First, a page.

What Are The Different Types Of Surgeries For Breast Cancer
The two types of surgery used to treat breast cancer are mastectomy and lumpectomy. Additional surgeries for breast cancer may include lymph node removal and analysis and breast reconstruction surgery.
Mastectomy, or breast removal surgery, is the most common surgery for breast cancer. Thats because mastectomy treats both late-stage and early-stage breast cancers. In addition, some people with a high risk of developing breast cancer in the future choose prophylactic mastectomy as a preventative measure.
Types of mastectomy procedures include:
- Total mastectomy: Removal of your entire breast, sparing your chest muscle beneath.
- Double mastectomy: Removal of both breasts. This may be necessary if the cancer has already spread to both breasts, or it may be a preventative measure.
- Skin-sparing or nipple-sparing mastectomy: Removal of all your breast tissue, but sparing your skin and, if possible, your nipple, to use to reconstruct your breast.
- Modified radical mastectomy: Removal of your breast tissue and your underarm lymph nodes. Lymph nodes are often the first place that breast cancer spreads to.
- Radical mastectomy: Removal of your breasts, underarm lymph nodes and chest muscles. This is a rare surgery, only necessary when breast cancer has infiltrated your chest muscles.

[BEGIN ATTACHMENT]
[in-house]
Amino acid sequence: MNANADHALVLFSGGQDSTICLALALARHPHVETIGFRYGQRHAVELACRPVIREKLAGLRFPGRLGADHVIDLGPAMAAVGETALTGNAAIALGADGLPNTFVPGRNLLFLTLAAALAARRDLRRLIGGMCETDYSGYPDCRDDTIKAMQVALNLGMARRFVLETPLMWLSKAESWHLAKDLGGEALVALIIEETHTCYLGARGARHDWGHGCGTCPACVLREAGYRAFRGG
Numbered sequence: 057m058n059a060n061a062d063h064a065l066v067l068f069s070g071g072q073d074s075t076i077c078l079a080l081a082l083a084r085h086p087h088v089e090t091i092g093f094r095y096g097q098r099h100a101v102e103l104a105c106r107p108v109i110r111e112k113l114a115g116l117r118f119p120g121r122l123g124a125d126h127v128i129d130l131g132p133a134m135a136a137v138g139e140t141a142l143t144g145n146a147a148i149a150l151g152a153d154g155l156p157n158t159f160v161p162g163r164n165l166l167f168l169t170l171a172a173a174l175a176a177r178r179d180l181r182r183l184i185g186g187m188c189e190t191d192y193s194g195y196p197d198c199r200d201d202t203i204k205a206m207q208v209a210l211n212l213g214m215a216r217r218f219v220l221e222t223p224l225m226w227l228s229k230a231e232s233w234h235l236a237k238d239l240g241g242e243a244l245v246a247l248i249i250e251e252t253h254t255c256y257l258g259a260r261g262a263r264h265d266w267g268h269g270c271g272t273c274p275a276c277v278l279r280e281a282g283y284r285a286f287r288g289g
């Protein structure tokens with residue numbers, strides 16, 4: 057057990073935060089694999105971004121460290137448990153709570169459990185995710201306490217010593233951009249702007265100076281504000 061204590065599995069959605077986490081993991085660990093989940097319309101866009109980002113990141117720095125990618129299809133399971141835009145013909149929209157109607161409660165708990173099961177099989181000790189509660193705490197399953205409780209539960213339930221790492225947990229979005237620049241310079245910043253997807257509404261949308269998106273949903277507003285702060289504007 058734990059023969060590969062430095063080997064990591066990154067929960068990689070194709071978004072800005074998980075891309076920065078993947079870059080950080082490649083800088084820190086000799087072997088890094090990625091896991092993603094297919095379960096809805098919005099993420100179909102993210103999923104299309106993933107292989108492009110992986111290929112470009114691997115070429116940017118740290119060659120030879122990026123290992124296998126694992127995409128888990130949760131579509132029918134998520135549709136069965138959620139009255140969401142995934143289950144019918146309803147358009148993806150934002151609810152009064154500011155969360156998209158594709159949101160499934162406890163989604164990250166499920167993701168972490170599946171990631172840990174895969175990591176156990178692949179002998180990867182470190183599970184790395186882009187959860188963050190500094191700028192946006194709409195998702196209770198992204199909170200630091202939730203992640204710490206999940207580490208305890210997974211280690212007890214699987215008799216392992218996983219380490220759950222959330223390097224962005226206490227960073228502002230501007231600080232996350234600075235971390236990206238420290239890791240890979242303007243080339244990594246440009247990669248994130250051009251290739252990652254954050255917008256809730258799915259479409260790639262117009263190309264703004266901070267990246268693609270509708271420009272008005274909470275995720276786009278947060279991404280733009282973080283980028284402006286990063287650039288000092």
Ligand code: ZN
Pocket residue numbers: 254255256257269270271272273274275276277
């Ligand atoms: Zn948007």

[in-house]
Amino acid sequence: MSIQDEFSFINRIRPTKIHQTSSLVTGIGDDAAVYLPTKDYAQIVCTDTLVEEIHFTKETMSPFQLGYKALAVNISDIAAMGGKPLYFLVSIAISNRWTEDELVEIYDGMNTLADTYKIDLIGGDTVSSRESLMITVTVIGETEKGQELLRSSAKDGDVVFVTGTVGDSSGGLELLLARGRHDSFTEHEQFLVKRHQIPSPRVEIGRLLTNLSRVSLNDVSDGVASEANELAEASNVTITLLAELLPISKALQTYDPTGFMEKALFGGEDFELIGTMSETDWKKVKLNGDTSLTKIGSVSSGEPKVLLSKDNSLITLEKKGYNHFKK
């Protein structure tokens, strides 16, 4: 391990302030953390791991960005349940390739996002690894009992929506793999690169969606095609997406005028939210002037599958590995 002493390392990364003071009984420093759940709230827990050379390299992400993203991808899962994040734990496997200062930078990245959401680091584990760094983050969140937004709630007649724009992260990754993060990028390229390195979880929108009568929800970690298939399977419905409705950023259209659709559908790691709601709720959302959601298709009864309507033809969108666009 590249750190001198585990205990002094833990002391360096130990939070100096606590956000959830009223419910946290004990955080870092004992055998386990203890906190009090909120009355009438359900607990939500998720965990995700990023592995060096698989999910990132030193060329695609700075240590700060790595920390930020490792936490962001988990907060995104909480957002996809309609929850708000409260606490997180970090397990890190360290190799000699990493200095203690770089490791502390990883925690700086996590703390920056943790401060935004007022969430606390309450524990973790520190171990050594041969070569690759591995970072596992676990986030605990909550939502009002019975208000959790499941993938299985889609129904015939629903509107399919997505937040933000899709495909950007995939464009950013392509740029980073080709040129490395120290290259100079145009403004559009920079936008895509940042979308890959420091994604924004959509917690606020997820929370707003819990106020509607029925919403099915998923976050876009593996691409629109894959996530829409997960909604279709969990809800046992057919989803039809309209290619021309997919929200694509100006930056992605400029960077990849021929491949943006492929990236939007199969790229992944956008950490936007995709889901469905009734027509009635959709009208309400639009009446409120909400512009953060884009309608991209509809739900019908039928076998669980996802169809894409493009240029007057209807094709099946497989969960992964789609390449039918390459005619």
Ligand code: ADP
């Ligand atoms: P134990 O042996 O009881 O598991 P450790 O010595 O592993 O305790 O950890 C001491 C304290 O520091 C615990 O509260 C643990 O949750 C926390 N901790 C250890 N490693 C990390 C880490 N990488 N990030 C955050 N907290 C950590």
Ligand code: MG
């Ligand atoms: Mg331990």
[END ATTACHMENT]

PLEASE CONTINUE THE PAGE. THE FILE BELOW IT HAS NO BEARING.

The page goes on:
Types of lumpectomy procedures include:
Lymph node investigation
Lymph node procedures include:
Reconstructive breast surgery
Breast reconstruction methods include:
What Are Breast Cancer Causes And Risk Factors
Many women who develop breast cancer have no risk factors other than age and gender.
- Gender is the biggest risk because breast cancer occurs mostly in women.
- Age is another critical breast cancer risk factor. Breast cancer may occur at any age, though the risk of breast cancer increases with age. The average woman at 30 years of age has one chance in 280 of developing breast cancer in the next 10 years. This chance increases to one in 70 for a woman 40 years of age, and to one in 40 at 50 years of age. A 60-year-old woman has a one in 30 chance of developing breast cancer in the next 10 years.
- White women are slightly more likely to develop breast cancer than African-American women in the U.S.
- A woman with a personal history of cancer in one breast has a three- to fourfold greater risk of developing a new cancer in the other breast or in another part of the same breast. This refers to the risk for developing a new tumor and not a recurrence of the first cancer.
Genetic Causes of Breast Cancer
There is great interest in genes linked to breast cancer. About 5%-10% of breast cancers are believed to be hereditary, because of mutations, or changes, in certain genes that are passed along in families.
Hormonal Causes of Breast Cancer
Hormonal influences play a role in the development of breast cancer.
Lifestyle and Dietary Causes of Breast Cancer
Benign Breast Disease
Environmental Causes of Breast Cancer
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What Should I Expect After Breast Surgery
Your healthcare provider will monitor you closely after surgery. Youll have gauze dressings and either a support bra or elastic bandage. These will minimize swelling and support your healing breasts. Youll get instructions and schedule a follow-up appointment. You may get a prescription for pain medication.
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Simple Or Total Mastectomy
Your doctor removes your entire breast, including the nipple, in this procedure. They donât remove your lymph nodes, small glands that are part of your immune system.
Youâre most likely to have this procedure when the cancer isnât in your lymph nodes, or if youâre having a mastectomy to lower your risk of getting breast cancer.